I figured my best bet for winning this game was to try and capitalize on my TIEs' superior speed and handling by focusing on completing the objective rather than go toe-to-toe with an X-Wing, especially since he'd get one back almost as soon as I'd killed it (assuming I even could). As such, I figured for my first set of maneuvers, I'd just scream in and try to get to those satellites as quickly as I could. BC would definitely move to engage one of my ships, but hopefully I'd be able to dance around a bit while the other ship scanned his satellite and vamoosed for my board edge before the X-Wing could kill both of my TIEs. With that in mind, I set my maneuver dials and told BC I was ready. He set his single dial and it was time to start the show. 

I had the ship with the lowest Pilot Skill (the Obsidian TIE), so I turned his dial over first, revealing the "Straight 5" maneuver I'd selected. I picked up my straight 5 template, placed it at the front of my Obsidian TIE's base between the little template alignment nubs, picked the ship up, and dropped it at the end of the template, aligning the template with the alignment nubs on the back of my TIE's base.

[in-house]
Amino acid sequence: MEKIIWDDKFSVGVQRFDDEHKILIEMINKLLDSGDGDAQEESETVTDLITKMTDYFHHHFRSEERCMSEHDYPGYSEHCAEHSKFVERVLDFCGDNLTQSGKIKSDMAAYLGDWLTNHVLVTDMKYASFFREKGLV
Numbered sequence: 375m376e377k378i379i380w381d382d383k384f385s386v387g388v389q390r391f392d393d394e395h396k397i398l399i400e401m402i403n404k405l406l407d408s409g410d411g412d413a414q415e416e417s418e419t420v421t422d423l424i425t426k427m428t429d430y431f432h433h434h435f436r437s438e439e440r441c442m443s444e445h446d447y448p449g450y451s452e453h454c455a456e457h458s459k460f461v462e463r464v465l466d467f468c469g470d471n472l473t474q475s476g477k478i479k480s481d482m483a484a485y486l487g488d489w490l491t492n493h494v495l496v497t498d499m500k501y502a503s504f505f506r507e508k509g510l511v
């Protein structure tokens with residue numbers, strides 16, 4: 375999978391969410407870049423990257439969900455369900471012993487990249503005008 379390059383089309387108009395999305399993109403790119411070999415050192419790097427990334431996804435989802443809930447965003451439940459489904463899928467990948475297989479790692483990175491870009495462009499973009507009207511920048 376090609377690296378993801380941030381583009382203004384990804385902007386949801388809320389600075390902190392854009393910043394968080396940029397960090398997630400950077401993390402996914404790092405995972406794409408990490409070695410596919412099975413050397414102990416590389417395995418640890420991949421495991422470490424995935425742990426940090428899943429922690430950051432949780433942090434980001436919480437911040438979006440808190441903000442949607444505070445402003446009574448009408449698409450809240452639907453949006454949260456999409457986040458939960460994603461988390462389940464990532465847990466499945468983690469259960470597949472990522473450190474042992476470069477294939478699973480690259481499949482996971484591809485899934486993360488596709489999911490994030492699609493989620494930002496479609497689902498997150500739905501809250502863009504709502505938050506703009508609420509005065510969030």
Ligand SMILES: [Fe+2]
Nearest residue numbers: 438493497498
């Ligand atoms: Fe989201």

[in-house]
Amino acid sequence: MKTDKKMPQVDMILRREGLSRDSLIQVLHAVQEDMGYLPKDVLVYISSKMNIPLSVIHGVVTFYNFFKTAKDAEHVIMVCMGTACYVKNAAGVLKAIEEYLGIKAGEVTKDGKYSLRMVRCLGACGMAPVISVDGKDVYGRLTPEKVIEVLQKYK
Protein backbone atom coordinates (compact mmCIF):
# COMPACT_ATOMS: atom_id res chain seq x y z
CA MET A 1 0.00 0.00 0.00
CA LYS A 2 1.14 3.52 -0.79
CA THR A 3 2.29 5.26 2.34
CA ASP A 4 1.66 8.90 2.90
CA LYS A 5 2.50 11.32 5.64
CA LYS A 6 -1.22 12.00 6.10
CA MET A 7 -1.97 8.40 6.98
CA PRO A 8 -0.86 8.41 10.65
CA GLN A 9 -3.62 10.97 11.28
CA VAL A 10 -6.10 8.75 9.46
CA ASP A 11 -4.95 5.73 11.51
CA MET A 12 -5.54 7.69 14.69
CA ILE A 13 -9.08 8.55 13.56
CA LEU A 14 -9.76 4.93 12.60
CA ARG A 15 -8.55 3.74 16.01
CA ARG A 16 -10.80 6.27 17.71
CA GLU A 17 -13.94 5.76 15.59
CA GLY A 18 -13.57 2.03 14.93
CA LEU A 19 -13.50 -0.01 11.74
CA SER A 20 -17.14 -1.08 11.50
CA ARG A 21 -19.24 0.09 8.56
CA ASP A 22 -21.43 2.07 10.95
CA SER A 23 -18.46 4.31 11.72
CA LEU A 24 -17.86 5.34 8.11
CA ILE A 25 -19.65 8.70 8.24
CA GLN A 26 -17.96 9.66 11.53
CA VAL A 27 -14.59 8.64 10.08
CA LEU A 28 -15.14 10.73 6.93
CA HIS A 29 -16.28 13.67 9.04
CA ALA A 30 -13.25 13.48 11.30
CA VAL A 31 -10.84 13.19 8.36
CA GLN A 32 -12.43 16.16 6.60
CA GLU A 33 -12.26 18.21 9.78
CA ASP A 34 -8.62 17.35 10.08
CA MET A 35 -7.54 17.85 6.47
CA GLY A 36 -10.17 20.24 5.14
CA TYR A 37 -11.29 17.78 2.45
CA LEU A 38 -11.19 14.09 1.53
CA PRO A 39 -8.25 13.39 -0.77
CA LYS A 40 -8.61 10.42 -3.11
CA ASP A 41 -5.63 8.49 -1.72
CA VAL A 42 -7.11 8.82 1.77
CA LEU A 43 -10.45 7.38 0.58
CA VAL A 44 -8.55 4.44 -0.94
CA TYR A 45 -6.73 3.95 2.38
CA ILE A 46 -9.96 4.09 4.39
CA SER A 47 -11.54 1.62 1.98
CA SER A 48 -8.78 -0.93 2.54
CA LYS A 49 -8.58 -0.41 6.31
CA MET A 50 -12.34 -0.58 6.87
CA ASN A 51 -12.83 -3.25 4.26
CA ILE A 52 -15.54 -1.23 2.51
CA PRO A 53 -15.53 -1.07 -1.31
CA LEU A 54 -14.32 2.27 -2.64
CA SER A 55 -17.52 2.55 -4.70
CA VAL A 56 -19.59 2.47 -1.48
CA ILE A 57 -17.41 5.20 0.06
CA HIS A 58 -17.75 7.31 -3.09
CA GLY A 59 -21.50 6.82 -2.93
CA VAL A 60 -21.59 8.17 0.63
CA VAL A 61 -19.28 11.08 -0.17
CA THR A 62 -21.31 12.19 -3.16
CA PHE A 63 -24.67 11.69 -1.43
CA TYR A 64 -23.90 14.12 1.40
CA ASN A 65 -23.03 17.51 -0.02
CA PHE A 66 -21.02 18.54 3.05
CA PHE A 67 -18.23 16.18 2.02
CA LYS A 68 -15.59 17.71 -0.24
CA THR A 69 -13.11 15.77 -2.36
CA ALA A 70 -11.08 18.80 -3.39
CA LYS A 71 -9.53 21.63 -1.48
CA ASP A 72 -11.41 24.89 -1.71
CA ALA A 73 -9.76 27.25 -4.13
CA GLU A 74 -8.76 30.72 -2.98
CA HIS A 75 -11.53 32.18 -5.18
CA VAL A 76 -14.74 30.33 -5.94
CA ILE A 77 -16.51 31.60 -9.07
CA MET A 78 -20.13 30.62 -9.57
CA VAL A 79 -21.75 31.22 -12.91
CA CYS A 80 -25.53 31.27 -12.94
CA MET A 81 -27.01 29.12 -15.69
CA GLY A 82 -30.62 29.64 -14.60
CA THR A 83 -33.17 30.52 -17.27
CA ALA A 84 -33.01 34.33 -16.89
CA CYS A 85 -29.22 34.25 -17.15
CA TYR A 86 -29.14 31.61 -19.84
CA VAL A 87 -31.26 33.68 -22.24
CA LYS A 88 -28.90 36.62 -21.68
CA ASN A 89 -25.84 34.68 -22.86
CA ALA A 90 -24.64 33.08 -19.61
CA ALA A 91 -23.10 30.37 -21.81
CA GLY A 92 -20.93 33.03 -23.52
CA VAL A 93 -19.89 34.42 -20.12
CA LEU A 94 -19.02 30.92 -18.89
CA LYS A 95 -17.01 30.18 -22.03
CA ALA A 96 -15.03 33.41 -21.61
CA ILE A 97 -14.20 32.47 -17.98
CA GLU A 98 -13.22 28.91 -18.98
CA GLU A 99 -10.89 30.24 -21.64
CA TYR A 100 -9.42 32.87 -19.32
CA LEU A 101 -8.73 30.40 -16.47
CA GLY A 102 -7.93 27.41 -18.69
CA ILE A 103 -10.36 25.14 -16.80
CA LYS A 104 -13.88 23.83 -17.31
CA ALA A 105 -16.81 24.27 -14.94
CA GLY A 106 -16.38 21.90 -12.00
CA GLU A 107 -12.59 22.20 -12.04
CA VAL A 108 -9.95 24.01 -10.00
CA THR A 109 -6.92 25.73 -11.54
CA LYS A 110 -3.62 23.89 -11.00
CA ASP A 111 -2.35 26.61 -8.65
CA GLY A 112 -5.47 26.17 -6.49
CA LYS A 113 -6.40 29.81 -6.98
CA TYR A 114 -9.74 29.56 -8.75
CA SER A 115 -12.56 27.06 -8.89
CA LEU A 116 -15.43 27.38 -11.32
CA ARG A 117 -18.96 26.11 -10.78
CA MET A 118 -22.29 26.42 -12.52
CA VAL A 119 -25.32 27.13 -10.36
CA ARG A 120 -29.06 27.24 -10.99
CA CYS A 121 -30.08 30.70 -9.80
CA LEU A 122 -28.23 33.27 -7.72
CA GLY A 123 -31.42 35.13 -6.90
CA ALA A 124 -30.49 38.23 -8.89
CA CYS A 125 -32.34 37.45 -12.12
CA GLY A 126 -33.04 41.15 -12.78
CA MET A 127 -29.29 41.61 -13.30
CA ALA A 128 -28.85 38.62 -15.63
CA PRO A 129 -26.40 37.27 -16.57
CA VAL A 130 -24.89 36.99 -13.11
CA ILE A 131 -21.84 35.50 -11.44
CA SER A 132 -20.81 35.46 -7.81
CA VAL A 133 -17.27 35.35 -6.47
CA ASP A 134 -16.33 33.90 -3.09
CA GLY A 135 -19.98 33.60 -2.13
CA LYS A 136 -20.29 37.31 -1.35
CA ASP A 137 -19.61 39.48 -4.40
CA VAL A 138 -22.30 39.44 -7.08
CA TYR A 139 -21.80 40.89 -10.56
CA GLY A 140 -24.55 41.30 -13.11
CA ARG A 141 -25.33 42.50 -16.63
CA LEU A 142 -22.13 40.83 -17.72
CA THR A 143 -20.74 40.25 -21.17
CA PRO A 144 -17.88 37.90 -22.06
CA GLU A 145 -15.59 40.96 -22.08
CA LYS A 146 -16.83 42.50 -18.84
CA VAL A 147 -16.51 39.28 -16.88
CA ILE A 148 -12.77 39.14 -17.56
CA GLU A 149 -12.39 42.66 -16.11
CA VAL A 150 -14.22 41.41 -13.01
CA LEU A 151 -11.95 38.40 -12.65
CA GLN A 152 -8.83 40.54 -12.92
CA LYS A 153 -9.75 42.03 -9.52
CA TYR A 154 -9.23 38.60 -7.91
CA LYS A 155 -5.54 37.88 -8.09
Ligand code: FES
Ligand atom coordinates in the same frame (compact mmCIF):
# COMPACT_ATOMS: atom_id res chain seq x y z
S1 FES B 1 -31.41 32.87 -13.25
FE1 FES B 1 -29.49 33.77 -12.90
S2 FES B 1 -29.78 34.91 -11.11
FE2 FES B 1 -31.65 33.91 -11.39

After performing your maneuver, if your pilot isn't Stressed (usually by performing a stressful, red arrow maneuver, but can also be triggered by other stuff in the game), you can elect to Perform an Action. On both the ship/ pilot card as well as the cardboard base insert, there are some symbols that represent the Actions available to the ship. My TIEs have Barrel Roll, Evade, and Focus available to them. BC's X-Wing has Focus and Target Lock. I talk about all of those save for Barrel Roll in the Three Main Actions article. Of course, they're also in the rule book as is the particulars of using Barrel Roll.